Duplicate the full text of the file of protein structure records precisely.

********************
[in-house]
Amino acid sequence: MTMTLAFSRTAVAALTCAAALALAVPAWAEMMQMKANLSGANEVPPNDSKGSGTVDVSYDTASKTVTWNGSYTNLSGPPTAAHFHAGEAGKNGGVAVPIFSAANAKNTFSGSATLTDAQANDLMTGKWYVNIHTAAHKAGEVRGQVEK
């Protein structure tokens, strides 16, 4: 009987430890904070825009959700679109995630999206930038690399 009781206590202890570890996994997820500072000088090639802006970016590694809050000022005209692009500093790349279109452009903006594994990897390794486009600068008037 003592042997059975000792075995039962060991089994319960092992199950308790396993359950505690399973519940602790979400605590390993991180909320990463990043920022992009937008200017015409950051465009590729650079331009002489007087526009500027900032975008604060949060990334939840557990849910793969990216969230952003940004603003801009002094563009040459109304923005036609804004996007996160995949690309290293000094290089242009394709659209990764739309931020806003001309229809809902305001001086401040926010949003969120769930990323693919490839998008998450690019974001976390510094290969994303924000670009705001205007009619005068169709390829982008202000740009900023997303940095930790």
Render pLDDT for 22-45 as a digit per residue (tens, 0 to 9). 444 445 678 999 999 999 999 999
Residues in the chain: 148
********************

[in-house]
Amino acid sequence: MTMTLAFSRTAVAALTCAAALALAVPAWAEMMQMKANLSGANEVPPNDSKGSGTVDVSYDTASKTVTWNGSYTNLSGPPTAAHFHAGEAGKNGGVAVPIFSAANAKNTFSGSATLTDAQANDLMTGKWYVNIHTAAHKAGEVRGQVEK
């Protein structure tokens, strides 16, 4: 009987430890904070825009959700679109995630999206930038690399 009781206590202890570890996994997820500072000088090639802006970016590694809050000022005209692009500093790349279109452009903006594994990897390794486009600068008037 003592042997059975000792075995039962060991089994319960092992199950308790396993359950505690399973519940602790979400605590390993991180909320990463990043920022992009937008200017015409950051465009590729650079331009002489007087526009500027900032975008604060949060990334939840557990849910793969990216969230952003940004603003801009002094563009040459109304923005036609804004996007996160995949690309290293000094290089242009394709659209990764739309931020806003001309229809809902305001001086401040926010949003969120769930990323693919490839998008998450690019974001976390510094290969994303924000670009705001205007009619005068169709390829982008202000740009900023997303940095930790």
Render pLDDT for 22-45 as a digit per residue (tens, 0 to 9). 444 445 678 999 999 999 999 999
Residues in the chain: 148